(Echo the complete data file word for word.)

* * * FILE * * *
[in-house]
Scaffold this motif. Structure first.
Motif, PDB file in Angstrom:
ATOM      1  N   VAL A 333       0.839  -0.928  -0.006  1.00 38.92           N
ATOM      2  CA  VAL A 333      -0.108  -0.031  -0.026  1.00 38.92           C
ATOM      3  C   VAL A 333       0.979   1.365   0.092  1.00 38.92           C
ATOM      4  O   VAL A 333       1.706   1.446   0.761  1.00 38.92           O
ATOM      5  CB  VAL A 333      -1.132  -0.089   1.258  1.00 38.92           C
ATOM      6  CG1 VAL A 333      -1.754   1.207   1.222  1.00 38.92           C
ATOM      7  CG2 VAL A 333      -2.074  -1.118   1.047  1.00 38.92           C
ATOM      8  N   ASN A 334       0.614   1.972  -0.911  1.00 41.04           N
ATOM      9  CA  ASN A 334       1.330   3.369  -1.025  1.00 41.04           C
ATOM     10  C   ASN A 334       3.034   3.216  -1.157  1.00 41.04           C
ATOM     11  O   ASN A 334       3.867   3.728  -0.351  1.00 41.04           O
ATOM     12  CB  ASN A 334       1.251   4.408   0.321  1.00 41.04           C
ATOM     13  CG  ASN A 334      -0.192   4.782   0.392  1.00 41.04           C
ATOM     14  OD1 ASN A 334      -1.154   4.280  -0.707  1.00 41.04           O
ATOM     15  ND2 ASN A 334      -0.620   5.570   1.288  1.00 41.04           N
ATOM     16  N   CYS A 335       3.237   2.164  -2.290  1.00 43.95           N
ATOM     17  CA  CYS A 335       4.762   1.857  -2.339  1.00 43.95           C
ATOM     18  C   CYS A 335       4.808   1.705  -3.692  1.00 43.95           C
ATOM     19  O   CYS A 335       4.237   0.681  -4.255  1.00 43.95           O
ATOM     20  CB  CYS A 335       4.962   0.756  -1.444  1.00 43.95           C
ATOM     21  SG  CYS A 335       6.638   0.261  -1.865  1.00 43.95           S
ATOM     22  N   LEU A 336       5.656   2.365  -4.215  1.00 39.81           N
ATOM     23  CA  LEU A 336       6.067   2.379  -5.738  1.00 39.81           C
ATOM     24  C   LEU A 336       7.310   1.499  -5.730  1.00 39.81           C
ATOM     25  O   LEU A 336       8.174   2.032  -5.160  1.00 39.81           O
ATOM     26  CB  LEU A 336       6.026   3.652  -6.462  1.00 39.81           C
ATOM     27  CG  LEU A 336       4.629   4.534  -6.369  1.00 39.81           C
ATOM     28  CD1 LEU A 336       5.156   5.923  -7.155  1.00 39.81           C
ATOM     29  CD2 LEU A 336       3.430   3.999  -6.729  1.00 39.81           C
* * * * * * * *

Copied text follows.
[in-house]
Scaffold this motif. Structure first.
Motif, PDB file in Angstrom:
ATOM      1  N   VAL A 333       0.839  -0.928  -0.006  1.00 38.92           N
ATOM      2  CA  VAL A 333      -0.108  -0.031  -0.026  1.00 38.92           C
ATOM      3  C   VAL A 333       0.979   1.365   0.092  1.00 38.92           C
ATOM      4  O   VAL A 333       1.706   1.446   0.761  1.00 38.92           O
ATOM      5  CB  VAL A 333      -1.132  -0.089   1.258  1.00 38.92           C
ATOM      6  CG1 VAL A 333      -1.754   1.207   1.222  1.00 38.92           C
ATOM      7  CG2 VAL A 333      -2.074  -1.118   1.047  1.00 38.92           C
ATOM      8  N   ASN A 334       0.614   1.972  -0.911  1.00 41.04           N
ATOM      9  CA  ASN A 334       1.330   3.369  -1.025  1.00 41.04           C
ATOM     10  C   ASN A 334       3.034   3.216  -1.157  1.00 41.04           C
ATOM     11  O   ASN A 334       3.867   3.728  -0.351  1.00 41.04           O
ATOM     12  CB  ASN A 334       1.251   4.408   0.321  1.00 41.04           C
ATOM     13  CG  ASN A 334      -0.192   4.782   0.392  1.00 41.04           C
ATOM     14  OD1 ASN A 334      -1.154   4.280  -0.707  1.00 41.04           O
ATOM     15  ND2 ASN A 334      -0.620   5.570   1.288  1.00 41.04           N
ATOM     16  N   CYS A 335       3.237   2.164  -2.290  1.00 43.95           N
ATOM     17  CA  CYS A 335       4.762   1.857  -2.339  1.00 43.95           C
ATOM     18  C   CYS A 335       4.808   1.705  -3.692  1.00 43.95           C
ATOM     19  O   CYS A 335       4.237   0.681  -4.255  1.00 43.95           O
ATOM     20  CB  CYS A 335       4.962   0.756  -1.444  1.00 43.95           C
ATOM     21  SG  CYS A 335       6.638   0.261  -1.865  1.00 43.95           S
ATOM     22  N   LEU A 336       5.656   2.365  -4.215  1.00 39.81           N
ATOM     23  CA  LEU A 336       6.067   2.379  -5.738  1.00 39.81           C
ATOM     24  C   LEU A 336       7.310   1.499  -5.730  1.00 39.81           C
ATOM     25  O   LEU A 336       8.174   2.032  -5.160  1.00 39.81           O
ATOM     26  CB  LEU A 336       6.026   3.652  -6.462  1.00 39.81           C
ATOM     27  CG  LEU A 336       4.629   4.534  -6.369  1.00 39.81           C
ATOM     28  CD1 LEU A 336       5.156   5.923  -7.155  1.00 39.81           C
ATOM     29  CD2 LEU A 336       3.430   3.999  -6.729  1.00 39.81           C